Windship Technology published a research that allows ship operators, owners and charterers the ability to see the operational effect that installing a 36m rig can have on their vessel going forward.
he new regulatory framework (Energy Efficiency eXisting ship Index – EEXI) around CO2 emissions for existing shipping comes into force in January 2023 and many ship owners are now considering how to meet these through either operational changes or technical alterations.
These regulations seek to measure the efficiency of ships through the amount of CO2 emitted per tonne per mile of freight carried in a year. Ships will be rated annually, from A, the highest performing, to E the lowest and the results will be recorded in the Ship Energy Efficiency Management Plan (SEEMP). Ships rated D for three consecutive years or E for a single year need to develop an approved corrective action plan as part of the SEEMP.
IMO has currently set a 2% reduction per year on Carbon Intensity Index (CII) requirements until 2025, at which point the reduction will need to increase to get towards the overall IMO CO2 reduction goals of 2050.
Wärtsilä have reported the results of their CII Insight tool, which has predicted that when CII comes into force, about 45% of the fleet is forecast to be in category D, with a further 16% in category E. They further predict that, if nothing is done and assuming the IMO trajectory stays constant, by 2030, 81% of the bulker fleet, 57% of tankers and 80% of container ships will be in category E.
The most common approach to achieving compliance as of 2023 is to reduce the speed of the vessel through engine power limitation (EPL), which will reduce the amount of fuel per tonne per mile used, as ship resistance is proportional to the cube of the speed of the vessel.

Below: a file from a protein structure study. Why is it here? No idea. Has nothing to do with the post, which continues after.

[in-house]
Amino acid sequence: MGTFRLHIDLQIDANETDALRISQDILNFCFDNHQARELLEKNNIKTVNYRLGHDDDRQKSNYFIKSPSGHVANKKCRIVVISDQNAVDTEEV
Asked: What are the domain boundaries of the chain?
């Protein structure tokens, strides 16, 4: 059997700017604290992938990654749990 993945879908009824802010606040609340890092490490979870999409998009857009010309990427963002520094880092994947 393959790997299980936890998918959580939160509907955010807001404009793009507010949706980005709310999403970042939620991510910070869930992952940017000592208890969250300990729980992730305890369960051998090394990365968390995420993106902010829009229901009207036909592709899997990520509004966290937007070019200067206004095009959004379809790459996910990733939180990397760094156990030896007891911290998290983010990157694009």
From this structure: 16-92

For some vessels this will be a short-term solution, for others the EPL required maybe significant, potentially meaning the engine will be operating well outside of its ideal parameters.
The performance of the Windship 36m rig has been calculated using computational fluid dynamics (CFD). This performance data can then be combined with the EEXI wind matrix to enable the reduction in EEXI for a given vessel to be assessed.
Windship Technology have conducted this assessment for a range of vessel DWT (Deadweight tonnage) to provide owners with a guide as to the effect a single 36m rig could have on their ship. This technology can be used in conjunction with EPL if required to achieve compliance.
A further benefit of this approach would be to consider adding a second rig, if in due course the CII required further reductions. Clearly the final EEXI reduction will be dependent on actual ship performance characteristics, however the graph provides a good indication of the potential.
Simon Rogers, Technical Director of Windship Technology is clear about the benefits:
This is a known issue that is fast coming down the track and one that ship operators must start addressing. What we have developed with our patented, high power rig design is a solution that works in tandem with existing EPL measures but greatly enhances performance
For his part, Graham Harvey, Chief Executive of Windship Technology further, added that “owners, operators and charterers are all highly aware of the regulatory framework that is close to being imposed by the IMO and time is running out to achieve compliance.”